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- Can houseplants improve indoor air quality?
- Cautious garden banter
- Giving Thanks for Gardening
- Food for thought – Insects on the menu
- Be on the lookout for new uninvited house guest.
- Holes in trees – wood borer or woodpecker?
- Little bulbs yield major reward in spring
- Trial Plants winners for 2016
- Yellowjackets – insects with attitude
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The Homeowners Column
Fooling Mother Nature
Extension Educator, Horticulture
A clap of lighting and a stern matronly voice proclaims, "It's not nice to fool Mother Nature". According to the TV commercial from several years ago Mother Nature doesn't like it when her butter is replaced with margarine. With our recent winter weather I'm thinking she is ticked off about something beyond margarine. As gardeners we are always trying to fool Mother Nature. We want tulips in January or tomatoes in December. It may not be nice to fool her, but it sure is fun when it works.
We often modify the growing environment of our plants. We add sulfur to the soil for acid loving plants and lime to the soil for alkaline plants. We add organic matter to the soil in the form of compost to improve drainage and add nutrients. We build boggy areas and ponds for the water loving plants. We build raised beds and berms for the plants needing "dry feet".
We suffer from zonal envy so we grow plants beyond their winter hardiness zone. We use winter mulches of leaves or rose cones. Some gardeners go to extremes with elaborate contraptions of chicken wire and carpeting to protect tender plants. We adore pushing the envelope of what we can grow.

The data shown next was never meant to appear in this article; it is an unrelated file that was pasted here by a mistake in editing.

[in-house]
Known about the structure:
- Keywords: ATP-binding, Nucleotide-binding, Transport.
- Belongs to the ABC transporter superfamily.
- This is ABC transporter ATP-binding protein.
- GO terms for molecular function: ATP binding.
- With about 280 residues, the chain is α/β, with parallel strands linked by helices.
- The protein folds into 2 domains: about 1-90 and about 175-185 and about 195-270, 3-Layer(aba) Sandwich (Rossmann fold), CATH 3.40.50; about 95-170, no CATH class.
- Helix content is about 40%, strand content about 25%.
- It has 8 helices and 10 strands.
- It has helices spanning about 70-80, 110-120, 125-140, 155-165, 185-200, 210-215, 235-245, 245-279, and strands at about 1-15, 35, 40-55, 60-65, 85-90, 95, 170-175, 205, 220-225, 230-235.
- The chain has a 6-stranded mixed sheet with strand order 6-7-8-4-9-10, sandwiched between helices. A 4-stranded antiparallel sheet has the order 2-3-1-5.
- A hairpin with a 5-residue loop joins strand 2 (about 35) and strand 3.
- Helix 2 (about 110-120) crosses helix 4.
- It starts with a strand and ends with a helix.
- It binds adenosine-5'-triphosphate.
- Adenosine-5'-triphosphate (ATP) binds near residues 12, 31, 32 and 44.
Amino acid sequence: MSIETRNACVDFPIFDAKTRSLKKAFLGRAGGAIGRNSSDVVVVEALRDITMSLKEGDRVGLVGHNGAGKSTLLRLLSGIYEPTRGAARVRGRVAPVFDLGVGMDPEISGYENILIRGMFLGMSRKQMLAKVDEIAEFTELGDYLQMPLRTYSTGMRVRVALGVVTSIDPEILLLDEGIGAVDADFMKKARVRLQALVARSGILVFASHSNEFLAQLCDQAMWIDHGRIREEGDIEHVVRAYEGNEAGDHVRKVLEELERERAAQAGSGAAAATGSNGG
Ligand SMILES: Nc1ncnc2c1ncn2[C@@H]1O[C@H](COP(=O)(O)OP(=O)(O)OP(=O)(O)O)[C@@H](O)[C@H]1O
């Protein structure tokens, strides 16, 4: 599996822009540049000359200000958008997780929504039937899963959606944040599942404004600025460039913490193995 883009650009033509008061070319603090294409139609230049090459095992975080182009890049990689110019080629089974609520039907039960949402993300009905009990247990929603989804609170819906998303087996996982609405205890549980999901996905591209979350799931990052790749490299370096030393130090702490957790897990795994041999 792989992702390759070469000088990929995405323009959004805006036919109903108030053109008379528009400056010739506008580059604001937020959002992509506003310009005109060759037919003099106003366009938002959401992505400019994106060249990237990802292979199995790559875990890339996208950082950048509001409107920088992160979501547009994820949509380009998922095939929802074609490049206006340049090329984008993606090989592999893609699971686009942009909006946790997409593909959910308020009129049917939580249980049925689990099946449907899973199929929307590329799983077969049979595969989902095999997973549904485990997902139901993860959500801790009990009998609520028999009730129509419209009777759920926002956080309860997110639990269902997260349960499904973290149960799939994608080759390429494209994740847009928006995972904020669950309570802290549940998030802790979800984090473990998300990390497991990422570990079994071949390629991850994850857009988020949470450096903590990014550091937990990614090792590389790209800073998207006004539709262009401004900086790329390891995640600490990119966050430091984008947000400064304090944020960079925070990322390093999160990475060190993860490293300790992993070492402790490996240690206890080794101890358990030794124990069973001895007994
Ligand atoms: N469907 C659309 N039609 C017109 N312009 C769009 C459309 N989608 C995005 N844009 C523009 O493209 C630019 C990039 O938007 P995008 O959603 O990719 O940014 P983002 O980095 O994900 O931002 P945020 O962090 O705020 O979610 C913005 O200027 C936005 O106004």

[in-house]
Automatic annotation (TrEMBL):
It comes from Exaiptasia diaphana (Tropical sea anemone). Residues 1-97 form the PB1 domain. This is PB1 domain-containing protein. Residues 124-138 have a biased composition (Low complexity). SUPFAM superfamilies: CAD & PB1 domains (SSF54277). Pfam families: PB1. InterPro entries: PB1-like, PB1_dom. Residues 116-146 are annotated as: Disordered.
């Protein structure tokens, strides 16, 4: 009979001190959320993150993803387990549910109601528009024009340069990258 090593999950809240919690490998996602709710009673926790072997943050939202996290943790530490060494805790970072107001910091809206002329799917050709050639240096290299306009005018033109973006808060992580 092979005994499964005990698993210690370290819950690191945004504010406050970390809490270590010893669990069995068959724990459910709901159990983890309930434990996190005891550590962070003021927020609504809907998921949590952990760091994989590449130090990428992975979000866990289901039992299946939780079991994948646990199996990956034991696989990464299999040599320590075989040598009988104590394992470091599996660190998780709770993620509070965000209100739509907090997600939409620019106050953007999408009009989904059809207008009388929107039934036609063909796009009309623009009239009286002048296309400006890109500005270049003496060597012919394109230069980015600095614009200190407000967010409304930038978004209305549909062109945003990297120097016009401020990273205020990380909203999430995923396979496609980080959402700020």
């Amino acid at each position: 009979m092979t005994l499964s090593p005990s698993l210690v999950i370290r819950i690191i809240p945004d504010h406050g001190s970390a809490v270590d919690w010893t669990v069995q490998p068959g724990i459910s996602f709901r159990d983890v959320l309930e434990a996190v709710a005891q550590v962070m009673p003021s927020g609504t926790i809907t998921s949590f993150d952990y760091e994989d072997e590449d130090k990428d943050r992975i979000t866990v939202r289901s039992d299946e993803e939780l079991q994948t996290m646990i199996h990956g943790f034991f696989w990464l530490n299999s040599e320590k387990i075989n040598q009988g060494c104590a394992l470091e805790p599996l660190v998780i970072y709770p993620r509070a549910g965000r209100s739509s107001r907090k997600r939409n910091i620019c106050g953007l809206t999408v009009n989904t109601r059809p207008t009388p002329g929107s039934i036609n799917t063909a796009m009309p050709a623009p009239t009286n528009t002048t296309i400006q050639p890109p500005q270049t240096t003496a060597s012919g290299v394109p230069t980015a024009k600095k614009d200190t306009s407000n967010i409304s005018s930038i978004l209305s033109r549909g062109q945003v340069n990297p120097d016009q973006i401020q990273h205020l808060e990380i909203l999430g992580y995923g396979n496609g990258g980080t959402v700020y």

Gardeners also love to extend the season. A quick indication of our obsession is the spontaneous blossoming of bed sheets billowing across landscapes with the first fall or late spring freeze warning. Some gardeners have graduated from bed sheets to floating row covers. This is spun polyester of polypropylene material that transmits light, air, and water. Row covers can keep plants 5-10° warmer than outside air temperatures. They are also used to slow water evaporation, prevent wind and rain damage and as an insect barrier to keep out nasties such as Japanese beetles.
Cold frames are more advanced forms of this season extending obsession. Cold frames can be used year around, but they do take management and forethought. In spring use them to start seedlings, grow early crops or harden off seedlings. In summer cold frames can be used as nursery beds for fall crops or perennials. In fall they can extend summer crops and grow cool crops into winter. In winter cold frames can be used to force bulbs, store root vegetables or to propagate trees and shrubs.
Gardeners are also obsessed with having flowers out of season. We manipulate light so poinsettia, chrysanthemum and Thanksgiving/Christmas cactus will have 13 hours of dark per 24 hours to bring them into bloom. This time of year we can trim branches from forsythia, redbud, crabapple or pussy willow to have them bloom early indoors.
We force spring flowering bulbs into bloom by storing them in the refrigerator for 12-13 weeks just so we can see the first tulip of the year. Often perennial plant seeds need a cold period before they will germinate. Enter the gardener's Mother Nature fooler - the refrigerator.
Fooling Mother Nature? I'm not sure we ever really fool the old gal. I think she just humors us for a while. Just when we think we have it all worked out, she gives us thunder in December or tornadoes in November. It's enough to keep a gardener humble.
Check out UI Extension website http://web.extension.uiuc.edu/vegguide/ Also UI publication Vegetable Gardening in the Midwest available online at https://pubsplus.uiuc.edu/ or phone 1-800-345-6087.